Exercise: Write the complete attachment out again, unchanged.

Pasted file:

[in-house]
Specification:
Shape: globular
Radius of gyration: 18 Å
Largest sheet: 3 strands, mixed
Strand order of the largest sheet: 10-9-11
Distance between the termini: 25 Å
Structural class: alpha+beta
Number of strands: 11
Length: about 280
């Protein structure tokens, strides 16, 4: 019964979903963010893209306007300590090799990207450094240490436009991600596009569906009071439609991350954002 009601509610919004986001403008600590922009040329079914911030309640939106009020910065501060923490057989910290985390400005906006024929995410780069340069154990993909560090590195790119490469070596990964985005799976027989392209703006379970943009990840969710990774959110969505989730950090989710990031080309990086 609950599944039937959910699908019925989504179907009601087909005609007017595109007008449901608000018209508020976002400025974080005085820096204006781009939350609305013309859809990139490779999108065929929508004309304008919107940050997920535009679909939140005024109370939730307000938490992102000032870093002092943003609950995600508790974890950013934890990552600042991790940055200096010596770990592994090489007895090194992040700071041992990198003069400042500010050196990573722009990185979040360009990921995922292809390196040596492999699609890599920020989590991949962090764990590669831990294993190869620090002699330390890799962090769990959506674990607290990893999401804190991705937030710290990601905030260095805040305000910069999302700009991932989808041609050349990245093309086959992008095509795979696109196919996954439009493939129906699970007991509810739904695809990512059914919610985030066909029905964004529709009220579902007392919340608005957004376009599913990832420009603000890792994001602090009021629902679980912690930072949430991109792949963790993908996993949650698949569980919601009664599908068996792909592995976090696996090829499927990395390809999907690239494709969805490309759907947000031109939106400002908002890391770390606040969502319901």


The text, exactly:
[in-house]
Specification:
Shape: globular
Radius of gyration: 18 Å
Largest sheet: 3 strands, mixed
Strand order of the largest sheet: 10-9-11
Distance between the termini: 25 Å
Structural class: alpha+beta
Number of strands: 11
Length: about 280
């Protein structure tokens, strides 16, 4: 019964979903963010893209306007300590090799990207450094240490436009991600596009569906009071439609991350954002 009601509610919004986001403008600590922009040329079914911030309640939106009020910065501060923490057989910290985390400005906006024929995410780069340069154990993909560090590195790119490469070596990964985005799976027989392209703006379970943009990840969710990774959110969505989730950090989710990031080309990086 609950599944039937959910699908019925989504179907009601087909005609007017595109007008449901608000018209508020976002400025974080005085820096204006781009939350609305013309859809990139490779999108065929929508004309304008919107940050997920535009679909939140005024109370939730307000938490992102000032870093002092943003609950995600508790974890950013934890990552600042991790940055200096010596770990592994090489007895090194992040700071041992990198003069400042500010050196990573722009990185979040360009990921995922292809390196040596492999699609890599920020989590991949962090764990590669831990294993190869620090002699330390890799962090769990959506674990607290990893999401804190991705937030710290990601905030260095805040305000910069999302700009991932989808041609050349990245093309086959992008095509795979696109196919996954439009493939129906699970007991509810739904695809990512059914919610985030066909029905964004529709009220579902007392919340608005957004376009599913990832420009603000890792994001602090009021629902679980912690930072949430991109792949963790993908996993949650698949569980919601009664599908068996792909592995976090696996090829499927990395390809999907690239494709969805490309759907947000031109939106400002908002890391770390606040969502319901």